I didn’t look at analytics too much during the break. When I did, however, I was pleasantly surprised. Page views and visitor numbers exceeded my expectations. To my amazement, my bounce rate even dropped slightly.
Okay, it was mostly a success apart from one thing. . .
Despite its young age, I had hideous problems with an intermittent fault. Imagine, for instance, that you’re writing a blog post in Word. Every two sentences the central processing unit maxes out and the machine freezes for two minutes. The same would happen every time I attempted to comment on someone else’s blog post. At first this was an occasional problem but as time passed it got worse and the PC became unusable.
This is what I was facing. It was a serious hindrance to getting anything done. With kids to entertain and a wish to spend as little time in front of a monitor as possible, I needed a reliable machine that would work at speed. It’s the one thing I didn’t have and that PC has been called some foul names over recent weeks (not in ear shot of the kids, obviously). There’s no doubt about it, the neighbours will have heard me. It may explain why I haven’t seen them for a while!
To keep the blog going, I hauled my old lap top out of retirement. It has half the memory of my doomed-computer but worked at three or four times the speed. Using the lap top seriously curtailed my ability to edit photos, but I was able to keep Dadbloguk running.
A few days ago my computer came back from the repair shop one final time. I was assured it had worked perfectly on the workshop bench. I was full of hope.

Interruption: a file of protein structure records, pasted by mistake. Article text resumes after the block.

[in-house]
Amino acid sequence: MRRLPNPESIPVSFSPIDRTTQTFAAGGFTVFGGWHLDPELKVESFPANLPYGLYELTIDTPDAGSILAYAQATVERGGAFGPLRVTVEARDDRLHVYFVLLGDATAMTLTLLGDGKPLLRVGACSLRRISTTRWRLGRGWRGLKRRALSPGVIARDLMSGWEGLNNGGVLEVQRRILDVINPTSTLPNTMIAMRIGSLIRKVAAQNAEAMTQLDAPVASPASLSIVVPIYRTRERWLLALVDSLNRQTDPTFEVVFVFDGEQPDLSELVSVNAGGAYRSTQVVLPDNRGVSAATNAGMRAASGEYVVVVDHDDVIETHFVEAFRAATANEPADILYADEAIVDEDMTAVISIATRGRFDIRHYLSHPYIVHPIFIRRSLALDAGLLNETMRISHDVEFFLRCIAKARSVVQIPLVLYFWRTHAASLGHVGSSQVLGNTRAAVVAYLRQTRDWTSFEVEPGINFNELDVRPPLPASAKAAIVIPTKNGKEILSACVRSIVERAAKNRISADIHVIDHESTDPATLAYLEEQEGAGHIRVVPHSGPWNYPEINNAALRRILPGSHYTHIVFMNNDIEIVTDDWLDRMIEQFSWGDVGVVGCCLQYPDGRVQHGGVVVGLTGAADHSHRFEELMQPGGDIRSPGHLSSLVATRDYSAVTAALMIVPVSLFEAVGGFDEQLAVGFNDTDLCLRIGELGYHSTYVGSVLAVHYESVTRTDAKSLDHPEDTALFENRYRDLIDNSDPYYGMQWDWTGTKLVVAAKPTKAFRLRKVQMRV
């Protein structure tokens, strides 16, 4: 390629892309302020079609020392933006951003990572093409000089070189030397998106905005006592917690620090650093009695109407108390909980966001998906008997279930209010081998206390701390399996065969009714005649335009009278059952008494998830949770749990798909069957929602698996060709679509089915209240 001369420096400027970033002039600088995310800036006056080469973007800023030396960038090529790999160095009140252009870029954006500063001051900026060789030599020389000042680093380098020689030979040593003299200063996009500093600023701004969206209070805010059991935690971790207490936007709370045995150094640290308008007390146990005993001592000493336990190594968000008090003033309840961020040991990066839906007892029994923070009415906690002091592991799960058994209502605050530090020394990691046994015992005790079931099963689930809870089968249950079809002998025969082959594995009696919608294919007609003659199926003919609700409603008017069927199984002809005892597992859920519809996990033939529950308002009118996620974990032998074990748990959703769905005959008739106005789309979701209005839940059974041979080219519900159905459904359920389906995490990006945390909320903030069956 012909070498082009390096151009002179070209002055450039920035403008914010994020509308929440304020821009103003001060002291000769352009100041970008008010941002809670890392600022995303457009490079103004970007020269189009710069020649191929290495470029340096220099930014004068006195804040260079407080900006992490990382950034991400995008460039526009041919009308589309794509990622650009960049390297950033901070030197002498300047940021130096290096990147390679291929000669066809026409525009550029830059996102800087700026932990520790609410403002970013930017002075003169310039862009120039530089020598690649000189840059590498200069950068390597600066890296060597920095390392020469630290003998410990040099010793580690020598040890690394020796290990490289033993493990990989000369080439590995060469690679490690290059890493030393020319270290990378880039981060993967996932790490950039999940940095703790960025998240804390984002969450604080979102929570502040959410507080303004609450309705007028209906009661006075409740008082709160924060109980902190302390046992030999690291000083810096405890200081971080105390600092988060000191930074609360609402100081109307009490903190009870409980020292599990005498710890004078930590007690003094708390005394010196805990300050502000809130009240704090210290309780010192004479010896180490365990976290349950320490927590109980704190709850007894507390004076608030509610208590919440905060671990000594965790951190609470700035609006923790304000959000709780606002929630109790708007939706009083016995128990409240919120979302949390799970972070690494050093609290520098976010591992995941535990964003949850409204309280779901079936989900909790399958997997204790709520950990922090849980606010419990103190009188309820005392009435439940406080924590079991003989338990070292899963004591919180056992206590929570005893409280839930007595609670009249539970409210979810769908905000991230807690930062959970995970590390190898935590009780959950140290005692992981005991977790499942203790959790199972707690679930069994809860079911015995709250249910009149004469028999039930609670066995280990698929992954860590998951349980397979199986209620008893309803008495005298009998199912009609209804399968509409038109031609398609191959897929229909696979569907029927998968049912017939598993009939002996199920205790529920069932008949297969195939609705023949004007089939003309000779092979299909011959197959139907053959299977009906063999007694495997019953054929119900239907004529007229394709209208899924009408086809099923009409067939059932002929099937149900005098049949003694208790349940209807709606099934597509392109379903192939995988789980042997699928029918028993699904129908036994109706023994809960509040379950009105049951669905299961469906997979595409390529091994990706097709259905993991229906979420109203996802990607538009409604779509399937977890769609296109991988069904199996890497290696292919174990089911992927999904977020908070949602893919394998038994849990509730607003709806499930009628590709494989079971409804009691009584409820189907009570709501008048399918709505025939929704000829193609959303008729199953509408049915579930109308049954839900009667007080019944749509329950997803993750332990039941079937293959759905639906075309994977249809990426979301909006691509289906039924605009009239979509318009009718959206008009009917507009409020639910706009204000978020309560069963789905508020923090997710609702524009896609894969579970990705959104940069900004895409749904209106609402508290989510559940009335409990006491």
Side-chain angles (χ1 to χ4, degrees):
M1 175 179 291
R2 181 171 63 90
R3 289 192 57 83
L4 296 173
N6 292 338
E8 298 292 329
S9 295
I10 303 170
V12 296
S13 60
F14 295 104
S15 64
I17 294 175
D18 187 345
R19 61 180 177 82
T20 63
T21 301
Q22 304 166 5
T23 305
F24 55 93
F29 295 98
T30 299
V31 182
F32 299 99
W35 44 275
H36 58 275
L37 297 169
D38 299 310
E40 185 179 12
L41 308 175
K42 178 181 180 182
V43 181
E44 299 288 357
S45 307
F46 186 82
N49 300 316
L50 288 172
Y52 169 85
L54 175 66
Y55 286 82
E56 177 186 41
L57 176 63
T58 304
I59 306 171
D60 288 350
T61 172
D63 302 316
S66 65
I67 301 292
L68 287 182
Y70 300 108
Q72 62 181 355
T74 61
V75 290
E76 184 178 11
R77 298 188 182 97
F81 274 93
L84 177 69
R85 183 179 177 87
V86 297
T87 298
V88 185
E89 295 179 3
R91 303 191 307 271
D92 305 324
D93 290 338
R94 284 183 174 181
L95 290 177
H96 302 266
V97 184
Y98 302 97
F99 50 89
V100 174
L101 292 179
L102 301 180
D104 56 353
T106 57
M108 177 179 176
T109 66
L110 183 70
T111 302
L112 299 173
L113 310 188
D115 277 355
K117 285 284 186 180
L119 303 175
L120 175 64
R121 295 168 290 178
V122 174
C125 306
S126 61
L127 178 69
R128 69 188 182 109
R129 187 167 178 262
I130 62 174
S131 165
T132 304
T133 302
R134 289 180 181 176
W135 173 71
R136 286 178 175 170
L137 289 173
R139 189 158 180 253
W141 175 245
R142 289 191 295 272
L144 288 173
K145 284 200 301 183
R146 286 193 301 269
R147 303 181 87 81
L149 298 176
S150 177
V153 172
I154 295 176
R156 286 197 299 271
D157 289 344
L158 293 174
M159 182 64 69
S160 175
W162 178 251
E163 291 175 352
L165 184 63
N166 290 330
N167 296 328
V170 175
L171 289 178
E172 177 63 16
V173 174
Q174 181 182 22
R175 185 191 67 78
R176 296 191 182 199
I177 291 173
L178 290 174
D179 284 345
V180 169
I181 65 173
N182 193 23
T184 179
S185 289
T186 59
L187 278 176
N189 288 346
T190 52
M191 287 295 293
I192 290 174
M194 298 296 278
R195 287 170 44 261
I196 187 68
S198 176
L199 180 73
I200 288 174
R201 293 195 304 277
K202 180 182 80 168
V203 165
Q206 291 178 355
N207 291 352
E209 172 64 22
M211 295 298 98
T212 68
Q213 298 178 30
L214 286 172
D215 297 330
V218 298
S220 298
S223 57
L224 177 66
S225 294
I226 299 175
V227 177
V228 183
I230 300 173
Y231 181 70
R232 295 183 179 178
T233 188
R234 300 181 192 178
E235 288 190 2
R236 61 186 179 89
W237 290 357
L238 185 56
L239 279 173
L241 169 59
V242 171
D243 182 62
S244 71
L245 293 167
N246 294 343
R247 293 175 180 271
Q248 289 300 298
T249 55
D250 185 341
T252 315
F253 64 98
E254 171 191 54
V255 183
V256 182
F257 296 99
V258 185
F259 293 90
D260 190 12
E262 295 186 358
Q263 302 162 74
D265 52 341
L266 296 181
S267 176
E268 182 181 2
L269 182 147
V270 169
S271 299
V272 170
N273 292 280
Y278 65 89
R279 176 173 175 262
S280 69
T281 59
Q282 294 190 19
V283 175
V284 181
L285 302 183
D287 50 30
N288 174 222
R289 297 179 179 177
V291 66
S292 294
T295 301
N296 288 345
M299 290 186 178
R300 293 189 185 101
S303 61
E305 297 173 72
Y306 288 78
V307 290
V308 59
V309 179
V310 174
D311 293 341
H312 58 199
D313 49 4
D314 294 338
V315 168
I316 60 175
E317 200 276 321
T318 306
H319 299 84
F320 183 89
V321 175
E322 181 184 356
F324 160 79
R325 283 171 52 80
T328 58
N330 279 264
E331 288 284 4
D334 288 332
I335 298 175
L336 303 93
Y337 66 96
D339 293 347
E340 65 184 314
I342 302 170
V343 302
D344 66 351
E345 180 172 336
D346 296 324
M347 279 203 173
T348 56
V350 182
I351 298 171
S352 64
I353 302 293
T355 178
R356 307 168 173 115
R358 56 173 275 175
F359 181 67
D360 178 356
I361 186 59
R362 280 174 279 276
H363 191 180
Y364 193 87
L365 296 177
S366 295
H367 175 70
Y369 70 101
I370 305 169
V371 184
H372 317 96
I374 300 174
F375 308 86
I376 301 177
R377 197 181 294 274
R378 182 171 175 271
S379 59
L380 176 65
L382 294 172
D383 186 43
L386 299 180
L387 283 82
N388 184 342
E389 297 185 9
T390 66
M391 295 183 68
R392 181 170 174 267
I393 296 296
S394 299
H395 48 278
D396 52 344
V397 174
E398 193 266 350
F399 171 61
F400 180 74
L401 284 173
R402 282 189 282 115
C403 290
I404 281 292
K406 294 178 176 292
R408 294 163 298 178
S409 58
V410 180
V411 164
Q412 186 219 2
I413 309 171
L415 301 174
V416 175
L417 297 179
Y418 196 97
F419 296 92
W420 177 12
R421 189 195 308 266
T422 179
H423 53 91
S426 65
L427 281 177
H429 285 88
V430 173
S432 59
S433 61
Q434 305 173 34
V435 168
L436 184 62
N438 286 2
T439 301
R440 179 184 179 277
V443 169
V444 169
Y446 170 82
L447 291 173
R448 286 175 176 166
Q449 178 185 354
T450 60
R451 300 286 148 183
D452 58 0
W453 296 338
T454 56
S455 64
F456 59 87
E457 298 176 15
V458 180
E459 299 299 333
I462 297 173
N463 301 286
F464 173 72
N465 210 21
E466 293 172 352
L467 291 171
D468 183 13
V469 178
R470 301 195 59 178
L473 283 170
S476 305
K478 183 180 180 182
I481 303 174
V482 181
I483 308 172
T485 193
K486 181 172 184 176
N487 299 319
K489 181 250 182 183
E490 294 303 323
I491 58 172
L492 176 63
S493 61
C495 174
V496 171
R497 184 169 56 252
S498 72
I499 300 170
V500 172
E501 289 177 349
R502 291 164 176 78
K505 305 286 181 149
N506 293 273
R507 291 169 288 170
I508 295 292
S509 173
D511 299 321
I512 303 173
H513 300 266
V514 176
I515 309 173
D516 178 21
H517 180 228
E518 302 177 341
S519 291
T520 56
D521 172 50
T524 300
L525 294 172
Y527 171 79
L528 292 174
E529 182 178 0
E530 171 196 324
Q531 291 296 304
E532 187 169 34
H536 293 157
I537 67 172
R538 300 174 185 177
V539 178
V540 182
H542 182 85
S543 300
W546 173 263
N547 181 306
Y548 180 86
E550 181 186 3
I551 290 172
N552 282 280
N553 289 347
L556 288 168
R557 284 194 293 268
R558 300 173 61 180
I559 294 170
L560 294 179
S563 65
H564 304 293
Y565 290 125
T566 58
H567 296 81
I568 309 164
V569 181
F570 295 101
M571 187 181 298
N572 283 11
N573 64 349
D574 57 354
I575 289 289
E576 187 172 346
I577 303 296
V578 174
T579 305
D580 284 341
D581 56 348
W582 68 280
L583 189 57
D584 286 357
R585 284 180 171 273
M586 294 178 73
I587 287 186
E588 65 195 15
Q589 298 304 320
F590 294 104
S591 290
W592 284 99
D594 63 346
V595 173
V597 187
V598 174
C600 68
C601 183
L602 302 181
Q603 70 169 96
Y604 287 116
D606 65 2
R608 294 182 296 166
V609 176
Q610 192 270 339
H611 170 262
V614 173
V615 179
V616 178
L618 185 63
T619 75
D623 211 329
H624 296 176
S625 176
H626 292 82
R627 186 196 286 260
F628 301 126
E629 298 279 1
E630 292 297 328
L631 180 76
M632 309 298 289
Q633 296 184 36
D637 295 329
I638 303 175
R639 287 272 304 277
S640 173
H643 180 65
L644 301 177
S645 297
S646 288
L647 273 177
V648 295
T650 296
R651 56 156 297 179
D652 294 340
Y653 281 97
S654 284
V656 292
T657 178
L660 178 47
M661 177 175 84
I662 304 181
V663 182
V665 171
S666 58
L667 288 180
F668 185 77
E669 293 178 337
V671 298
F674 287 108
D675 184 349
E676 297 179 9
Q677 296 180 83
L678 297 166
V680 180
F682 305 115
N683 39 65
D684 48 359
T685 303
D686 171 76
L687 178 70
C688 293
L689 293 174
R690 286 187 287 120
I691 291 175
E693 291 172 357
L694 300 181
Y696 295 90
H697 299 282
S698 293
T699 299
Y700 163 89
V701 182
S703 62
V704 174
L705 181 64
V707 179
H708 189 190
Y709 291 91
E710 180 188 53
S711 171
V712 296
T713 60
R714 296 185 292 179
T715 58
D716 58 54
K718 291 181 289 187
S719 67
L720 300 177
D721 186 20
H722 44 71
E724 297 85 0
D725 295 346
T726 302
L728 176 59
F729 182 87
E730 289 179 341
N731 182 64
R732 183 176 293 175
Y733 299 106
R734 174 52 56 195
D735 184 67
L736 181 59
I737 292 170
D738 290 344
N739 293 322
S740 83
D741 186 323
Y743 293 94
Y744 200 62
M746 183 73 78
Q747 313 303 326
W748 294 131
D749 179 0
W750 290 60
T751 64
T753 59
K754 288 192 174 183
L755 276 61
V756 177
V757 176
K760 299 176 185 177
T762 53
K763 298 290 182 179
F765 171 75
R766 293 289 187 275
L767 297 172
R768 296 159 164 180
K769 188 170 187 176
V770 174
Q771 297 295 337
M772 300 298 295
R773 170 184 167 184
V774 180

This hope was rapidly dashed. The same fault came back as soon as I turned the machine on and logged in.
That was it, I’d had enough. While taking the kids to the cinema the other day, I took a short detour to PC World. For myriad reasons, it’s a store I generally try to avoid but on this occasion I left with the most expensive, high specification machine I’ve ever owned. It has a stunning 23” monitor and more memory than I could ever need. It’s early days, but I think we’re going to get on very well.
Of course this left me with a problem. I had just bought a computer with a huge monitor while on the way to the cinema. The boxed machine was going to have to come with us. In the queue buying tickets, the guy behind me mistook it for a television, gave me a very strange look and said “That’s the first time I’ve seen anyone take a TV to the cinema.” Although mistaken, he had a point.
The machine I’ve just decommissioned should have been able to handle running a blog. Granted, it wasn’t the highest specification model, but if my old lap top was good enough to keep things ticking over, a more powerful desktop should have handled the job with ease.
Alas it didn’t. My message; If a blog is worth writing, invest in decent hardware.
Christmas is only 115 days away
That was my experience of blogging during the summer of 2015. It was imperfect, but an improvement on the previous year. With better hardware, I’m hoping the summer of 2016 will be smoother still. Oh, hang on, the Christmas holidays aren’t that far off. The day itself is only 115 days away. I think I’d better start planning for that first.
Did you keep your blog going over the summer break? Did you take a blogging holiday on purpose? Have you invested in special hardware to keep your blog going or do you run it from the family iPad? Goodness knows how, but I know many do! Please leave a comment with your thoughts and experienes.